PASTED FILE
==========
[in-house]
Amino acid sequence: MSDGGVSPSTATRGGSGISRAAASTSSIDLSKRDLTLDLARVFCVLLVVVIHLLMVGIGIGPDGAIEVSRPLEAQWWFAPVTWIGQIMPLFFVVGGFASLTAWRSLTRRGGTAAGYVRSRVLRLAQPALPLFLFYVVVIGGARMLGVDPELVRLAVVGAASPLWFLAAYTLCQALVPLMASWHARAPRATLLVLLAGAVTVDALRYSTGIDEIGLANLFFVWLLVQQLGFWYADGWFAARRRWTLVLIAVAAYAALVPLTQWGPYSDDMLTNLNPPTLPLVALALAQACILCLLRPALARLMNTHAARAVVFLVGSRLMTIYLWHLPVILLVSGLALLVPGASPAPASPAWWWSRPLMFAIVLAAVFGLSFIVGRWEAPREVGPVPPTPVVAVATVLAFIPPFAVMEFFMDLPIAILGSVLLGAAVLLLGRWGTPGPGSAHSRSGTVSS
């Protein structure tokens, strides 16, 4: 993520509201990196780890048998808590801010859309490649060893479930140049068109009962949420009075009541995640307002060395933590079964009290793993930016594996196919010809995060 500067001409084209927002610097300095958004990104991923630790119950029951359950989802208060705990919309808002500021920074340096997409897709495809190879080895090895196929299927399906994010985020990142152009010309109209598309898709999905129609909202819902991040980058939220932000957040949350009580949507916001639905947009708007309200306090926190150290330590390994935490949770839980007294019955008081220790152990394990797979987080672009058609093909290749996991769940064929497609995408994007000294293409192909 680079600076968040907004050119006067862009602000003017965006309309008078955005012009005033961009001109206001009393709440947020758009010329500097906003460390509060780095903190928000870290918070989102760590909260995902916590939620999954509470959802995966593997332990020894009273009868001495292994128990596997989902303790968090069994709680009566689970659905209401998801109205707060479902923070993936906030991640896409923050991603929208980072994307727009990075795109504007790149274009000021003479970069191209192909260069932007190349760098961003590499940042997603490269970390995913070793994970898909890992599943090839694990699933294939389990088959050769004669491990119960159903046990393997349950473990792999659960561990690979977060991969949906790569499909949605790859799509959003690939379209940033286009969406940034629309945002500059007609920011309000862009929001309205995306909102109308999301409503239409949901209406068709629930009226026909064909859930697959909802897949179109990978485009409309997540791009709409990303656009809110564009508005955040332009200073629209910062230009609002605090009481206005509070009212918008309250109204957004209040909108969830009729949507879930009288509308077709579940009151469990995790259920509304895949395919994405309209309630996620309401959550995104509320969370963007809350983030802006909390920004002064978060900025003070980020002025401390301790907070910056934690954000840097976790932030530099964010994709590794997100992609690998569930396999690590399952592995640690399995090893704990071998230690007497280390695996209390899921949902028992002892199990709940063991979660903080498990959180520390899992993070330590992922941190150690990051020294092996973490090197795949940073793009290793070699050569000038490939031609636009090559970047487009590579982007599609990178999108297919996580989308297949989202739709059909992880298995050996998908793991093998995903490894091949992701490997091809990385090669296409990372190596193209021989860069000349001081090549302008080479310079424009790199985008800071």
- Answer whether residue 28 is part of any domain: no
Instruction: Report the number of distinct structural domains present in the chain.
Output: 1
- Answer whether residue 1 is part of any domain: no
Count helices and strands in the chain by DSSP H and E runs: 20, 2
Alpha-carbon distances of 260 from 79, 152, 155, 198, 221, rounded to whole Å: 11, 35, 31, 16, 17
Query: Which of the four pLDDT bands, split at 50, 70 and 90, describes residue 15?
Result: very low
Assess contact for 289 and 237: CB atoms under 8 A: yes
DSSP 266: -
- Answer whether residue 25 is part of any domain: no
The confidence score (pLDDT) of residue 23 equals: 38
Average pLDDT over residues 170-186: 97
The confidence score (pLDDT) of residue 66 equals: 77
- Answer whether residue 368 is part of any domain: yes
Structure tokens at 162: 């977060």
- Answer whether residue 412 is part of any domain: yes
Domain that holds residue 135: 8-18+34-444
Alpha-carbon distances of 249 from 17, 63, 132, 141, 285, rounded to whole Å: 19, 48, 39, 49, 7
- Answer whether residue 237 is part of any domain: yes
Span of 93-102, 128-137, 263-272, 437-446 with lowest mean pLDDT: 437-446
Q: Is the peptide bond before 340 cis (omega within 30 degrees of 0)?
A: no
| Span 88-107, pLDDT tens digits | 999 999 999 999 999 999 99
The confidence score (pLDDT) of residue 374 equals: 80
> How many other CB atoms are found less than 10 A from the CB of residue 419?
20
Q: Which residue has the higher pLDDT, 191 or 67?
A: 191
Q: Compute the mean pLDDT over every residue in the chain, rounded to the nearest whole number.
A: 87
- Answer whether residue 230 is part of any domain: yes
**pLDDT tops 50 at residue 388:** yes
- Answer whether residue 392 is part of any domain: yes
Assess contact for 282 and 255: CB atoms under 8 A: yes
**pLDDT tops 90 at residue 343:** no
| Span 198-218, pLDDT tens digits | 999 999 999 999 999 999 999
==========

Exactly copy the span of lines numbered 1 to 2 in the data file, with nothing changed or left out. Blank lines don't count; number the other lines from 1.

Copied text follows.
[in-house]
Amino acid sequence: MSDGGVSPSTATRGGSGISRAAASTSSIDLSKRDLTLDLARVFCVLLVVVIHLLMVGIGIGPDGAIEVSRPLEAQWWFAPVTWIGQIMPLFFVVGGFASLTAWRSLTRRGGTAAGYVRSRVLRLAQPALPLFLFYVVVIGGARMLGVDPELVRLAVVGAASPLWFLAAYTLCQALVPLMASWHARAPRATLLVLLAGAVTVDALRYSTGIDEIGLANLFFVWLLVQQLGFWYADGWFAARRRWTLVLIAVAAYAALVPLTQWGPYSDDMLTNLNPPTLPLVALALAQACILCLLRPALARLMNTHAARAVVFLVGSRLMTIYLWHLPVILLVSGLALLVPGASPAPASPAWWWSRPLMFAIVLAAVFGLSFIVGRWEAPREVGPVPPTPVVAVATVLAFIPPFAVMEFFMDLPIAILGSVLLGAAVLLLGRWGTPGPGSAHSRSGTVSS